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When Donít Deer Have Antlers?
Deer (singular and plural) are the ruminant mammals forming the family Cervidae. They include, for example, moose, red deer, reindeer, roe and chital.
Deer shed their antlers after the mating season in the Northern Hemisphere, in early winter. A layer of specialized skin, called velvet, nourishes the growth of antlers and guides the formation and branching of tines. In the velvet is an intricate network of nerve fibers, which makes the tissue highly sensitive and is thought to keep the animal from treating its developing antlers too roughly. Antlers grow extraordinarily fast beneath the velvet in elk and caribou, an estimated inch every two days. Nerve growth must keep pace, and nerve fibers in these animalsí antlers are believed by some scientists to grow faster than those in every other mammal.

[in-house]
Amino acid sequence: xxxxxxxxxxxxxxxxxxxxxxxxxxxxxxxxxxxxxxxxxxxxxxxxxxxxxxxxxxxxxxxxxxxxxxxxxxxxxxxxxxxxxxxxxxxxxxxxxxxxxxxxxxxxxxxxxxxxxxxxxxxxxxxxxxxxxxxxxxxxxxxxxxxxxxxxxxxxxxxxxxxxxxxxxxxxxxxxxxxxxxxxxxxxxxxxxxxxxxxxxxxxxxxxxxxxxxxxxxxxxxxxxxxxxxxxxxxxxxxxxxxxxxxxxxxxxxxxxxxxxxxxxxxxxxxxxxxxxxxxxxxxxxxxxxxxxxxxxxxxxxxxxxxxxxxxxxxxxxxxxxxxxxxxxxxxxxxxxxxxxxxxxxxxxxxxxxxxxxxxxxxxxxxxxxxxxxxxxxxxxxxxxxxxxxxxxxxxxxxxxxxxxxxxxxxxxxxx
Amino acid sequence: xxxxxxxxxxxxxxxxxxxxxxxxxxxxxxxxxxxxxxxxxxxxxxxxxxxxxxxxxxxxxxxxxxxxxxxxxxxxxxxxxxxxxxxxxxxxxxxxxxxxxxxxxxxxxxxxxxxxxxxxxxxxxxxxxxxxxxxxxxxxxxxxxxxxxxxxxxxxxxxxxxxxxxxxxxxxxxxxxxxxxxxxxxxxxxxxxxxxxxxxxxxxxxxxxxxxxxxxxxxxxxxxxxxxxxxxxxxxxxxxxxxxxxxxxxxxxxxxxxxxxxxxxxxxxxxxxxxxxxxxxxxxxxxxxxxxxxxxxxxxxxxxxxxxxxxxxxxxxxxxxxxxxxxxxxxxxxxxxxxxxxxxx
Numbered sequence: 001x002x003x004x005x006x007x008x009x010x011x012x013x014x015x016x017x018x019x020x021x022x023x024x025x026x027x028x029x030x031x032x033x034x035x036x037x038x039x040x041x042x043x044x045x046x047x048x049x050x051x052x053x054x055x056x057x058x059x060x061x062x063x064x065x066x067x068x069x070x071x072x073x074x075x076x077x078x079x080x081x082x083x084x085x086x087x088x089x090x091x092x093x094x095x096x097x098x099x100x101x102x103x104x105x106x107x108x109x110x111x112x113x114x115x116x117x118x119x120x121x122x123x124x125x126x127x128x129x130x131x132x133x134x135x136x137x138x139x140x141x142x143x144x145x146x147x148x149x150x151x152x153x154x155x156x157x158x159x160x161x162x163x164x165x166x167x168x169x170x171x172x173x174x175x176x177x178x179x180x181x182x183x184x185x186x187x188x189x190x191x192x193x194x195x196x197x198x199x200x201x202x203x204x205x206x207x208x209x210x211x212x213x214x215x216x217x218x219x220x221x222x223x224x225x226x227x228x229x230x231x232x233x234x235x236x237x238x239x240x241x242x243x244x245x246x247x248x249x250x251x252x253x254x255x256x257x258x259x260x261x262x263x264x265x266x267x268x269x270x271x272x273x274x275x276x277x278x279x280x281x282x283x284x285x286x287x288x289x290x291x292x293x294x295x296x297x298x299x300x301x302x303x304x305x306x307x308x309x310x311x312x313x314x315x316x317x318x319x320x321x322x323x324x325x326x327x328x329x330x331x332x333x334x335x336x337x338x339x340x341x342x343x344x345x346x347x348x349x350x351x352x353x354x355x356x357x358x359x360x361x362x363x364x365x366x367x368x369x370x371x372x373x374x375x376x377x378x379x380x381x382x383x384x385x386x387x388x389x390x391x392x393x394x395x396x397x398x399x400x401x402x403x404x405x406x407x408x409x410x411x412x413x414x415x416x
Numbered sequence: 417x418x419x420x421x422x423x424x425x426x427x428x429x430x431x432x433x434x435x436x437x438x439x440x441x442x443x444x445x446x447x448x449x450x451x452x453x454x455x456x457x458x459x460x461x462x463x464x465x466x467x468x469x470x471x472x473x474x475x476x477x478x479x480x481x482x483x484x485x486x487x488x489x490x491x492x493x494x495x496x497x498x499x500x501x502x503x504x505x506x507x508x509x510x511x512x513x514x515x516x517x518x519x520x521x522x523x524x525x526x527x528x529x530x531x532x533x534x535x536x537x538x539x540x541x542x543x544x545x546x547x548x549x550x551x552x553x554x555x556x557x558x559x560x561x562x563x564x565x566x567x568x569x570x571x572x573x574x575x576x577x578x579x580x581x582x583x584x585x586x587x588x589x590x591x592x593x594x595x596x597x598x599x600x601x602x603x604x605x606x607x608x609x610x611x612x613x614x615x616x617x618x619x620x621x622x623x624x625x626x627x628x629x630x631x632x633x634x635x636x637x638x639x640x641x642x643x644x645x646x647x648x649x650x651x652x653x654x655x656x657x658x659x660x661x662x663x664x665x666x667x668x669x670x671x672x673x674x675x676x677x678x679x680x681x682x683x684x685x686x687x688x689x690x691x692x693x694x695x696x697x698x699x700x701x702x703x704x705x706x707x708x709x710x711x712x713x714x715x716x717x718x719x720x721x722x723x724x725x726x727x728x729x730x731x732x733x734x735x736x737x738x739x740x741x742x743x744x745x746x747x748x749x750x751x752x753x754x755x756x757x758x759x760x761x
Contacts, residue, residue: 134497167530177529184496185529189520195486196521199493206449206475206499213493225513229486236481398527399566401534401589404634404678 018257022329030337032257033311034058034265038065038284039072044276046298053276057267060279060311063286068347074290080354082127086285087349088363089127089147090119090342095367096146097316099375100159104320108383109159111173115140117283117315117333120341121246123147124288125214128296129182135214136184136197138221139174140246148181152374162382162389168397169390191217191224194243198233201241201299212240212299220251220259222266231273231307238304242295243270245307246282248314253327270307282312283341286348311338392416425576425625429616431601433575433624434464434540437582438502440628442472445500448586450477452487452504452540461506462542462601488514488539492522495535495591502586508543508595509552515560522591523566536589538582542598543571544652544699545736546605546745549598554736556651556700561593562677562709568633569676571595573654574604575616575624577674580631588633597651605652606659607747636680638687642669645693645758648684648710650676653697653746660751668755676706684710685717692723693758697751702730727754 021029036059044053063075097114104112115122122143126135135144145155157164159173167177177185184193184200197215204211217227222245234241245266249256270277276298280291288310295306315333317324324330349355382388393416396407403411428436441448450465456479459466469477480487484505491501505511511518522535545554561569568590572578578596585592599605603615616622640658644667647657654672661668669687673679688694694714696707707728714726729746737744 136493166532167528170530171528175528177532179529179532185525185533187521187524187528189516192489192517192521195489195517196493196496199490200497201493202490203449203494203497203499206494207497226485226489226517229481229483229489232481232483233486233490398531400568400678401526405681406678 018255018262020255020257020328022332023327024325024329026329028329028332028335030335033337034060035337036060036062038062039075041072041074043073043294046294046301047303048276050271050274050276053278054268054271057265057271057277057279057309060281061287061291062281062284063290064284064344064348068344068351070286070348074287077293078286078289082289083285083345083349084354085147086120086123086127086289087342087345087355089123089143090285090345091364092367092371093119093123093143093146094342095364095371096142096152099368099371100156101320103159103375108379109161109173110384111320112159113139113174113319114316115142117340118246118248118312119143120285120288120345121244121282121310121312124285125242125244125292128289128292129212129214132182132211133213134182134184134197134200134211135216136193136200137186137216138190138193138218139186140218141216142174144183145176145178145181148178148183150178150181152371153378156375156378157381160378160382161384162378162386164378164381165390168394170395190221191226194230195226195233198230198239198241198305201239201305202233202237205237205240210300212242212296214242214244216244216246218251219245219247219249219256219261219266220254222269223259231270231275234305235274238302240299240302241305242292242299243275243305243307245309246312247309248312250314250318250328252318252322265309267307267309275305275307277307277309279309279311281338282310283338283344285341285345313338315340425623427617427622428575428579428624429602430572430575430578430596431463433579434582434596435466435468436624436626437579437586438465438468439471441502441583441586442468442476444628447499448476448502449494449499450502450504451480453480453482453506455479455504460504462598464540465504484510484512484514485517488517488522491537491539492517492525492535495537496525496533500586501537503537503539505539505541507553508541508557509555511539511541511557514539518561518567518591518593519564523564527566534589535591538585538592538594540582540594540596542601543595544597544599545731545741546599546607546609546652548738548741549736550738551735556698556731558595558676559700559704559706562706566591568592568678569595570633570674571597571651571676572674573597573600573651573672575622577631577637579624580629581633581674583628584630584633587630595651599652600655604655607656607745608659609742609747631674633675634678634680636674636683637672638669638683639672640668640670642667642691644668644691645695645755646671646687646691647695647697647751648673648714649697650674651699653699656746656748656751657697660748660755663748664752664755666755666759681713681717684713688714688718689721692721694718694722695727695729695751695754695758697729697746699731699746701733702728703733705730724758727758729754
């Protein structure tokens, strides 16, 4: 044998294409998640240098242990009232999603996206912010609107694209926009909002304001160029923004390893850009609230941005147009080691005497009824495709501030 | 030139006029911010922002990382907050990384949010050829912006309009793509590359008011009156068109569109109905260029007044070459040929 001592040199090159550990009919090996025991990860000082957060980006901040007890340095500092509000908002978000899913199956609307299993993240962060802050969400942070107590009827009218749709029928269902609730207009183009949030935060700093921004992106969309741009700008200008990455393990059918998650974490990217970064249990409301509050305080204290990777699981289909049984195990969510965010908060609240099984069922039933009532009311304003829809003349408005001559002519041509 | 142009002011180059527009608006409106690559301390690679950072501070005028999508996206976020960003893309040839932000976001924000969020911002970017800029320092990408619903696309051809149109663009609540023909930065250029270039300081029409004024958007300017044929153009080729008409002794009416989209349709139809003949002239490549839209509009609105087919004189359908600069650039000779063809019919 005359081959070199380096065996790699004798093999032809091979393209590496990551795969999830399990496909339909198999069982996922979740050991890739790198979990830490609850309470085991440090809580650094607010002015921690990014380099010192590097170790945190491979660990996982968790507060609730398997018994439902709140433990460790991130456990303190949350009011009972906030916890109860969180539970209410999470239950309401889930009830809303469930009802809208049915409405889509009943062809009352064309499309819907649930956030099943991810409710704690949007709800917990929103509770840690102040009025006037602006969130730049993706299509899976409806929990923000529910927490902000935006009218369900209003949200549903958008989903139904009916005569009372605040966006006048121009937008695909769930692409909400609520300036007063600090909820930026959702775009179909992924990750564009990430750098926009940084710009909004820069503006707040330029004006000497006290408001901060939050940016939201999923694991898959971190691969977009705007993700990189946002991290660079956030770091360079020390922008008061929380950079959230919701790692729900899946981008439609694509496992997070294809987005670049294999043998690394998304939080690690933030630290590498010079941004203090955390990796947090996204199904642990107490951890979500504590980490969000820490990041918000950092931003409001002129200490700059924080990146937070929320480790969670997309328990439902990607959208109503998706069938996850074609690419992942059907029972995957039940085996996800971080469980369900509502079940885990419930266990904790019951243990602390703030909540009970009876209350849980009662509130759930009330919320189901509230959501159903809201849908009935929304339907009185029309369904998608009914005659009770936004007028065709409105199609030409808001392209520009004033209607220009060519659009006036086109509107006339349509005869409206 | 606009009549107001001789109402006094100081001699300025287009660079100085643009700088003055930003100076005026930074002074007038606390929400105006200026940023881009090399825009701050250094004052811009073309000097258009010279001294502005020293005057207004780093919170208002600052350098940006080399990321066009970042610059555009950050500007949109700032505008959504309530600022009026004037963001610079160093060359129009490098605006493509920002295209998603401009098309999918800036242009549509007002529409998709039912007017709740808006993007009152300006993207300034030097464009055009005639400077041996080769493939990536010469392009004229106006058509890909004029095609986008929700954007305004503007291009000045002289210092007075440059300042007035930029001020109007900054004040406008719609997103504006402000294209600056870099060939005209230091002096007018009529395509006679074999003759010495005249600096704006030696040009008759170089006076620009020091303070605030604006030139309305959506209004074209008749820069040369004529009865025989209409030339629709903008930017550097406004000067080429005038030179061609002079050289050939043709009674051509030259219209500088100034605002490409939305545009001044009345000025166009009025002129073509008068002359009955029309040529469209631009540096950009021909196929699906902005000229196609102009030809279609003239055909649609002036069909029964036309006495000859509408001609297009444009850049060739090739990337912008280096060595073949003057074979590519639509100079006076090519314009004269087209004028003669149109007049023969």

Not all deer develop antlers. In most species the white-tailed and red deer, for instance only the males carry the headgear, using it to fight against rivals. In musk deer, however, neither the male nor the female has antlers. Serving somewhat the same function as antlers are three-inch-long tusks on the males.
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